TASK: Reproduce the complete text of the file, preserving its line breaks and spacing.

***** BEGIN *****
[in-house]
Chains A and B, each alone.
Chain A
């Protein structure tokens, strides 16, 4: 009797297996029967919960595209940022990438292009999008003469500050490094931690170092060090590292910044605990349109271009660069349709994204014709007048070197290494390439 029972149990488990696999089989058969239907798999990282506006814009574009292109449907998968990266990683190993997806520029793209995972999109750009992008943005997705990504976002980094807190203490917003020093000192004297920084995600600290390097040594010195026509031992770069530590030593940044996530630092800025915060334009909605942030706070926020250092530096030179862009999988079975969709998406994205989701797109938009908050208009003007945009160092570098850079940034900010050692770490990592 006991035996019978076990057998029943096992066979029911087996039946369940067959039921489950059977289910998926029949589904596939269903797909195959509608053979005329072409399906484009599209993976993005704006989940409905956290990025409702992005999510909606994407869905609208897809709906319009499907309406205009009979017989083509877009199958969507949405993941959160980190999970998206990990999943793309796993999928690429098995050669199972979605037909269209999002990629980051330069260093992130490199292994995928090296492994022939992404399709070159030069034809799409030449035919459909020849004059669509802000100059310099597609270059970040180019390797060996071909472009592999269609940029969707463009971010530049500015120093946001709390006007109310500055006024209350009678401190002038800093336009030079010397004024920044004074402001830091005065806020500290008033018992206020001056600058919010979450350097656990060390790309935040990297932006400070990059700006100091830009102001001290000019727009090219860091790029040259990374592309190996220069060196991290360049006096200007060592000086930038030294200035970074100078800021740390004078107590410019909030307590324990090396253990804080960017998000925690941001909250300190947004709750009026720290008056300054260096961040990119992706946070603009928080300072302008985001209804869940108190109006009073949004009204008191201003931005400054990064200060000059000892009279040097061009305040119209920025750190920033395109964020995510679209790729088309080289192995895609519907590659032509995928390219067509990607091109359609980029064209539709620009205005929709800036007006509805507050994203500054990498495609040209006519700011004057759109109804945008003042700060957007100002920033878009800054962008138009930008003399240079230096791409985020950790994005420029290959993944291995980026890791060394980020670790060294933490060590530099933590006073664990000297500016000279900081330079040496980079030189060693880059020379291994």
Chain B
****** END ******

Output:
[in-house]
Chains A and B, each alone.
Chain A
């Protein structure tokens, strides 16, 4: 009797297996029967919960595209940022990438292009999008003469500050490094931690170092060090590292910044605990349109271009660069349709994204014709007048070197290494390439 029972149990488990696999089989058969239907798999990282506006814009574009292109449907998968990266990683190993997806520029793209995972999109750009992008943005997705990504976002980094807190203490917003020093000192004297920084995600600290390097040594010195026509031992770069530590030593940044996530630092800025915060334009909605942030706070926020250092530096030179862009999988079975969709998406994205989701797109938009908050208009003007945009160092570098850079940034900010050692770490990592 006991035996019978076990057998029943096992066979029911087996039946369940067959039921489950059977289910998926029949589904596939269903797909195959509608053979005329072409399906484009599209993976993005704006989940409905956290990025409702992005999510909606994407869905609208897809709906319009499907309406205009009979017989083509877009199958969507949405993941959160980190999970998206990990999943793309796993999928690429098995050669199972979605037909269209999002990629980051330069260093992130490199292994995928090296492994022939992404399709070159030069034809799409030449035919459909020849004059669509802000100059310099597609270059970040180019390797060996071909472009592999269609940029969707463009971010530049500015120093946001709390006007109310500055006024209350009678401190002038800093336009030079010397004024920044004074402001830091005065806020500290008033018992206020001056600058919010979450350097656990060390790309935040990297932006400070990059700006100091830009102001001290000019727009090219860091790029040259990374592309190996220069060196991290360049006096200007060592000086930038030294200035970074100078800021740390004078107590410019909030307590324990090396253990804080960017998000925690941001909250300190947004709750009026720290008056300054260096961040990119992706946070603009928080300072302008985001209804869940108190109006009073949004009204008191201003931005400054990064200060000059000892009279040097061009305040119209920025750190920033395109964020995510679209790729088309080289192995895609519907590659032509995928390219067509990607091109359609980029064209539709620009205005929709800036007006509805507050994203500054990498495609040209006519700011004057759109109804945008003042700060957007100002920033878009800054962008138009930008003399240079230096791409985020950790994005420029290959993944291995980026890791060394980020670790060294933490060590530099933590006073664990000297500016000279900081330079040496980079030189060693880059020379291994």
Chain B